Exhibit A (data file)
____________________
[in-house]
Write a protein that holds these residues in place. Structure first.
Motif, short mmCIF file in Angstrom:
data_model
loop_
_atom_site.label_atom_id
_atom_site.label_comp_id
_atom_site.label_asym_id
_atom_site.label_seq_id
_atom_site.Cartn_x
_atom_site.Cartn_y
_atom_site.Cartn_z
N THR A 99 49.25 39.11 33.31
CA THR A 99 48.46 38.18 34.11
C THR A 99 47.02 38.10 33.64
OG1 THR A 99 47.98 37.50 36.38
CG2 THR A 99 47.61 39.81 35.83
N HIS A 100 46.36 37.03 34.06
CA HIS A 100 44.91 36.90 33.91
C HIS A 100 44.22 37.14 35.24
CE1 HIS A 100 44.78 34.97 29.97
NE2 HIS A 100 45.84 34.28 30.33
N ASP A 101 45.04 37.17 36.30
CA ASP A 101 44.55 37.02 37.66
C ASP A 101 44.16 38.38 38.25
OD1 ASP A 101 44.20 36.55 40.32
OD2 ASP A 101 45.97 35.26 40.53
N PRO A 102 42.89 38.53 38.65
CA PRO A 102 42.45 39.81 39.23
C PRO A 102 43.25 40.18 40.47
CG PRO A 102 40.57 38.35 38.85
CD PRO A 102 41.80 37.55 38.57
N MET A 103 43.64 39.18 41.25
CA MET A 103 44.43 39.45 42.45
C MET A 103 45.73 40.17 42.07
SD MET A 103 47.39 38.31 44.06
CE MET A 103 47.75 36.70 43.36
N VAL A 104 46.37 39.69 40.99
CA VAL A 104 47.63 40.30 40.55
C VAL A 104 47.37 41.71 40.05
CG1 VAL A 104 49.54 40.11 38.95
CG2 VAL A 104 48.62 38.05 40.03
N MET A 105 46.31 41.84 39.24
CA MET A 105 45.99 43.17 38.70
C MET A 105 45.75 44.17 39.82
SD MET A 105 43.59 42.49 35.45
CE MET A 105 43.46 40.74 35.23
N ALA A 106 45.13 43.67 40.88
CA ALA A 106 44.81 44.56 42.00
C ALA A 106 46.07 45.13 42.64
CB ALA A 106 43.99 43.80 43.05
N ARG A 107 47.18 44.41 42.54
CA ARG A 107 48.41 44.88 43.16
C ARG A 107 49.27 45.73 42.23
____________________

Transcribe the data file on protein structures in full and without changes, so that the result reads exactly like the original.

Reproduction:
[in-house]
Write a protein that holds these residues in place. Structure first.
Motif, short mmCIF file in Angstrom:
data_model
loop_
_atom_site.label_atom_id
_atom_site.label_comp_id
_atom_site.label_asym_id
_atom_site.label_seq_id
_atom_site.Cartn_x
_atom_site.Cartn_y
_atom_site.Cartn_z
N THR A 99 49.25 39.11 33.31
CA THR A 99 48.46 38.18 34.11
C THR A 99 47.02 38.10 33.64
OG1 THR A 99 47.98 37.50 36.38
CG2 THR A 99 47.61 39.81 35.83
N HIS A 100 46.36 37.03 34.06
CA HIS A 100 44.91 36.90 33.91
C HIS A 100 44.22 37.14 35.24
CE1 HIS A 100 44.78 34.97 29.97
NE2 HIS A 100 45.84 34.28 30.33
N ASP A 101 45.04 37.17 36.30
CA ASP A 101 44.55 37.02 37.66
C ASP A 101 44.16 38.38 38.25
OD1 ASP A 101 44.20 36.55 40.32
OD2 ASP A 101 45.97 35.26 40.53
N PRO A 102 42.89 38.53 38.65
CA PRO A 102 42.45 39.81 39.23
C PRO A 102 43.25 40.18 40.47
CG PRO A 102 40.57 38.35 38.85
CD PRO A 102 41.80 37.55 38.57
N MET A 103 43.64 39.18 41.25
CA MET A 103 44.43 39.45 42.45
C MET A 103 45.73 40.17 42.07
SD MET A 103 47.39 38.31 44.06
CE MET A 103 47.75 36.70 43.36
N VAL A 104 46.37 39.69 40.99
CA VAL A 104 47.63 40.30 40.55
C VAL A 104 47.37 41.71 40.05
CG1 VAL A 104 49.54 40.11 38.95
CG2 VAL A 104 48.62 38.05 40.03
N MET A 105 46.31 41.84 39.24
CA MET A 105 45.99 43.17 38.70
C MET A 105 45.75 44.17 39.82
SD MET A 105 43.59 42.49 35.45
CE MET A 105 43.46 40.74 35.23
N ALA A 106 45.13 43.67 40.88
CA ALA A 106 44.81 44.56 42.00
C ALA A 106 46.07 45.13 42.64
CB ALA A 106 43.99 43.80 43.05
N ARG A 107 47.18 44.41 42.54
CA ARG A 107 48.41 44.88 43.16
C ARG A 107 49.27 45.73 42.23